Nigeria’s Crown Flour Mill, the wheat milling subsidiary of Singapore-based agribusiness major Olam, achieved the first-year targets of a NGN300 million (US$690,000) programme by producing 10Kg of pre-multiplication wheat seed varieties that suit the unique local topography and climate. The Olam-sponsored Seeds for the Future programme seeks to do just that.
According to Filippo Bassi, a professional seed breeder from the International Center for Agricultural Research in the Dry Areas (ICARDA) and consultant on the project the 10 Kg pre-multiplication wheat seed varieties will be planted next season on a 1,000 sq meter plot at the Azumbu farm research station in Jigawa. To ensure larger quantities of seeds as backup, a subset will also be planted during the rainy season in August. Wheat was traditionally grown in temperate zones, but new seed technology makes cultivation in hotter tropical weather possible.
Domestic wheat production accounts for less than 10% of the country’s 5.7 million tonnes annual demand, making it heavily reliant on imports, which has become more expensive as a result of a weakening local currency and high logistics costs. Production has also been impacted by inadequate fertiliser and irrigation application as well as insecurity in the traditional wheat-growing areas of Nigeria.
Nigerian flour millers and bakers have absorbed much of the increased wheat costs as consumers are already under pressure from general inflation. According to the World Bank, monthly year-on-year food price inflation in Nigeria averaged more than 19% in the six months to July 2022, against a backdrop of high global fuel and agricultural input costs.
Ashish Pande, the country head for Olam Agri Nigeria, says the Seeds for the Future programme aims to boost wheat cultivation in Nigeria and reduce reliance on imports. A survey conducted by Olam revealed a need for early-maturing, fast-growing wheat varieties and financial support for wheat production in Nigeria to take off. According to Pande, it will take a while to deliver meaningful results, but he expects the programme will double local production in Nigeria in five to six years.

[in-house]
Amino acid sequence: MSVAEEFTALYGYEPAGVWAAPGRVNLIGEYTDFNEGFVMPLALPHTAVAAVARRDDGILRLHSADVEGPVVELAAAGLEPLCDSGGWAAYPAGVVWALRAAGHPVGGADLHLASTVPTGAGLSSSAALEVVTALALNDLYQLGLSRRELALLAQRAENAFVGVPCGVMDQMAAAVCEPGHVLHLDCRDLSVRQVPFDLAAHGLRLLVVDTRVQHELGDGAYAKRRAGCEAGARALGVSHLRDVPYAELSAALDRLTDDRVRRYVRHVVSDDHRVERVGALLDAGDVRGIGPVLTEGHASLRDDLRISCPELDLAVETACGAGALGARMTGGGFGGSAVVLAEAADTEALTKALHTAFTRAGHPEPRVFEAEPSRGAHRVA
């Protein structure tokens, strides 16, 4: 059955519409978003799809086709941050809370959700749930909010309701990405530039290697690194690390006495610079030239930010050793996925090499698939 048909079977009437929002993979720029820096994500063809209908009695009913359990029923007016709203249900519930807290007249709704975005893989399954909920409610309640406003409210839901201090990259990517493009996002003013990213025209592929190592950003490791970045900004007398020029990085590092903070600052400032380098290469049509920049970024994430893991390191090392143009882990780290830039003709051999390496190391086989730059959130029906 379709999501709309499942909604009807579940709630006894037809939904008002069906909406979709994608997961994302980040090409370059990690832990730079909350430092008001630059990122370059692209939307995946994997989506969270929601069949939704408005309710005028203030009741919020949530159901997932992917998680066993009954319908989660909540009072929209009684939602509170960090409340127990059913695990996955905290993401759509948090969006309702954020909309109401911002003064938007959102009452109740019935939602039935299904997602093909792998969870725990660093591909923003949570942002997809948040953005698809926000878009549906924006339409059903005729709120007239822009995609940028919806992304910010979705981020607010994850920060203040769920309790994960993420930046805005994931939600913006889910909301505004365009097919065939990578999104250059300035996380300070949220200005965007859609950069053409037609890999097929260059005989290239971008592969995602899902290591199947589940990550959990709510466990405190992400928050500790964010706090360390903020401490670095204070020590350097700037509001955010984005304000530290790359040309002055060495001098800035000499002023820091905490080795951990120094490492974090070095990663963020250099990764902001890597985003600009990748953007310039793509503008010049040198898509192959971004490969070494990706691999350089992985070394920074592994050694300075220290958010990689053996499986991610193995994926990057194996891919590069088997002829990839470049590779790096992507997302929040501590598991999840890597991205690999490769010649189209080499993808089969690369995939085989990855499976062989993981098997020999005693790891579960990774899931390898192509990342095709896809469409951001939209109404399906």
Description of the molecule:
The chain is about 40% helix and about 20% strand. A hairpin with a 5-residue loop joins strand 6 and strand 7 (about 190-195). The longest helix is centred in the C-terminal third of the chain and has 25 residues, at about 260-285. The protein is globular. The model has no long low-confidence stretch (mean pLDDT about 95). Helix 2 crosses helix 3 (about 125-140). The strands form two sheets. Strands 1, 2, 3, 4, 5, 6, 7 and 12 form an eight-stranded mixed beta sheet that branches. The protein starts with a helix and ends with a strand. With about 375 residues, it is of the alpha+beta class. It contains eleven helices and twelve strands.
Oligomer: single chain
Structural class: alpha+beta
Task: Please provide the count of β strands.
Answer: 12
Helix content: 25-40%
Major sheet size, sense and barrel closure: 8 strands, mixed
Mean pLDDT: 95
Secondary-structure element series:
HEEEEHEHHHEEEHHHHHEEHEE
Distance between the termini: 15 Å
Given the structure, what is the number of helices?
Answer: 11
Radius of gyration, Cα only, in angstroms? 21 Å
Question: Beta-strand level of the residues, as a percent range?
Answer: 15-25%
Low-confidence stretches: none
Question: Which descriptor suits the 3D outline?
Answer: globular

Despite its immense agricultural potential, Nigeria remains a net food importer, bringing in about US$8bn worth of food and agricultural products every year. A 2020 report by PwC highlights a shortage of value-addition activities owing to low yields, lack of financing for small-scale farmers and inefficient transport systems. To address this, the African Development Bank is co-financing the creation of special agro-industrial processing zones (SAPZ) in Nigeria. SAPZs concentrate agro-processing activities within areas of high farming potential. They are purpose-built shared facilities to enable producers, processors, aggregators and distributors to operate in the same vicinity to reduce transaction costs. By bringing adequate infrastructure – including energy, water, roads and ICT – to rural areas, they aim attract investment from private sector players.
‘Current state of Nigeria agriculture and agribusiness sector’, PwC, September 2020
‘Nigeria: Federal and state governments endorse Special Agro-industrial Processing Zones Programme’, African Development Bank, 01 September 2021
‘Agricultural research: Meeting Nigeria’s food security needs’, CNBC Africa, 06 December 2021
‘Food and agricultural import regulations and standards country report’, USDA Foreign Agricultural Service, 31 March 2022
‘Report seeks urgent action to save Nigeria’s wheat value chain’, The Guardian, 26 May 2022
‘FG, AfDB moves to revolutionise Nigeria’s wheat value chain’, ThisDay, 06 September 2022
‘Crown Flour Mill’s (CFM) ‘Seeds for the Future’ programme achieves first-year target, raises optimism’, Olam, 15 September 2022
‘Food Security Update’, The World Bank, 15 September 2022